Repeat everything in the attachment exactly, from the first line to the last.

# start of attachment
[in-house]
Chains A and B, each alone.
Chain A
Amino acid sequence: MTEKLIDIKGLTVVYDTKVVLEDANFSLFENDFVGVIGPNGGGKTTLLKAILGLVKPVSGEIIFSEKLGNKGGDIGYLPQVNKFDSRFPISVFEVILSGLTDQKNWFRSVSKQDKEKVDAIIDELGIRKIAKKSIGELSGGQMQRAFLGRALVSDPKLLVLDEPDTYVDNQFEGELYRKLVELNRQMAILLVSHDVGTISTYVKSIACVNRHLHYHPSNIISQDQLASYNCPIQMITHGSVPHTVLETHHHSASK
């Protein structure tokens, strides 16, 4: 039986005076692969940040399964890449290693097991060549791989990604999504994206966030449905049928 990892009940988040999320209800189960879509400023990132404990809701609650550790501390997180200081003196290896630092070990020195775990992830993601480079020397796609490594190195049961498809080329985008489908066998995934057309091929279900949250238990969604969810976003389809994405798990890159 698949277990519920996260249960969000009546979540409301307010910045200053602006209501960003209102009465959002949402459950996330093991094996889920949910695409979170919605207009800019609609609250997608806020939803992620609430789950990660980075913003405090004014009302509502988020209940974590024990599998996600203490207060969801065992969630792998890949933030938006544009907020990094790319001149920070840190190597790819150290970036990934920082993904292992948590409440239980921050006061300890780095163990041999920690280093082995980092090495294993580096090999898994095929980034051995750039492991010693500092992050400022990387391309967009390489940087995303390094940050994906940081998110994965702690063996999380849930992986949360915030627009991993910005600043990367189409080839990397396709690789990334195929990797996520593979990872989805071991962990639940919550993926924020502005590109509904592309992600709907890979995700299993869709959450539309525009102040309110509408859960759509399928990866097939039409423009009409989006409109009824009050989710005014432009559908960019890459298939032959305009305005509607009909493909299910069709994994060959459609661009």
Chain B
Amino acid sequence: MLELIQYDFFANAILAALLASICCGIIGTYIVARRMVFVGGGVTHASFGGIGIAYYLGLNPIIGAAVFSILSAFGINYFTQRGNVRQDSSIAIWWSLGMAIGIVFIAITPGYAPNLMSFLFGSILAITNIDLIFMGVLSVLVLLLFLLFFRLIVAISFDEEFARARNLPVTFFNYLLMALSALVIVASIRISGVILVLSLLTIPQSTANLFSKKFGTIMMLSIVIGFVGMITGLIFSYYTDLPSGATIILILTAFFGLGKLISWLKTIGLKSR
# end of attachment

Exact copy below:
[in-house]
Chains A and B, each alone.
Chain A
Amino acid sequence: MTEKLIDIKGLTVVYDTKVVLEDANFSLFENDFVGVIGPNGGGKTTLLKAILGLVKPVSGEIIFSEKLGNKGGDIGYLPQVNKFDSRFPISVFEVILSGLTDQKNWFRSVSKQDKEKVDAIIDELGIRKIAKKSIGELSGGQMQRAFLGRALVSDPKLLVLDEPDTYVDNQFEGELYRKLVELNRQMAILLVSHDVGTISTYVKSIACVNRHLHYHPSNIISQDQLASYNCPIQMITHGSVPHTVLETHHHSASK
């Protein structure tokens, strides 16, 4: 039986005076692969940040399964890449290693097991060549791989990604999504994206966030449905049928 990892009940988040999320209800189960879509400023990132404990809701609650550790501390997180200081003196290896630092070990020195775990992830993601480079020397796609490594190195049961498809080329985008489908066998995934057309091929279900949250238990969604969810976003389809994405798990890159 698949277990519920996260249960969000009546979540409301307010910045200053602006209501960003209102009465959002949402459950996330093991094996889920949910695409979170919605207009800019609609609250997608806020939803992620609430789950990660980075913003405090004014009302509502988020209940974590024990599998996600203490207060969801065992969630792998890949933030938006544009907020990094790319001149920070840190190597790819150290970036990934920082993904292992948590409440239980921050006061300890780095163990041999920690280093082995980092090495294993580096090999898994095929980034051995750039492991010693500092992050400022990387391309967009390489940087995303390094940050994906940081998110994965702690063996999380849930992986949360915030627009991993910005600043990367189409080839990397396709690789990334195929990797996520593979990872989805071991962990639940919550993926924020502005590109509904592309992600709907890979995700299993869709959450539309525009102040309110509408859960759509399928990866097939039409423009009409989006409109009824009050989710005014432009559908960019890459298939032959305009305005509607009909493909299910069709994994060959459609661009």
Chain B
Amino acid sequence: MLELIQYDFFANAILAALLASICCGIIGTYIVARRMVFVGGGVTHASFGGIGIAYYLGLNPIIGAAVFSILSAFGINYFTQRGNVRQDSSIAIWWSLGMAIGIVFIAITPGYAPNLMSFLFGSILAITNIDLIFMGVLSVLVLLLFLLFFRLIVAISFDEEFARARNLPVTFFNYLLMALSALVIVASIRISGVILVLSLLTIPQSTANLFSKKFGTIMMLSIVIGFVGMITGLIFSYYTDLPSGATIILILTAFFGLGKLISWLKTIGLKSR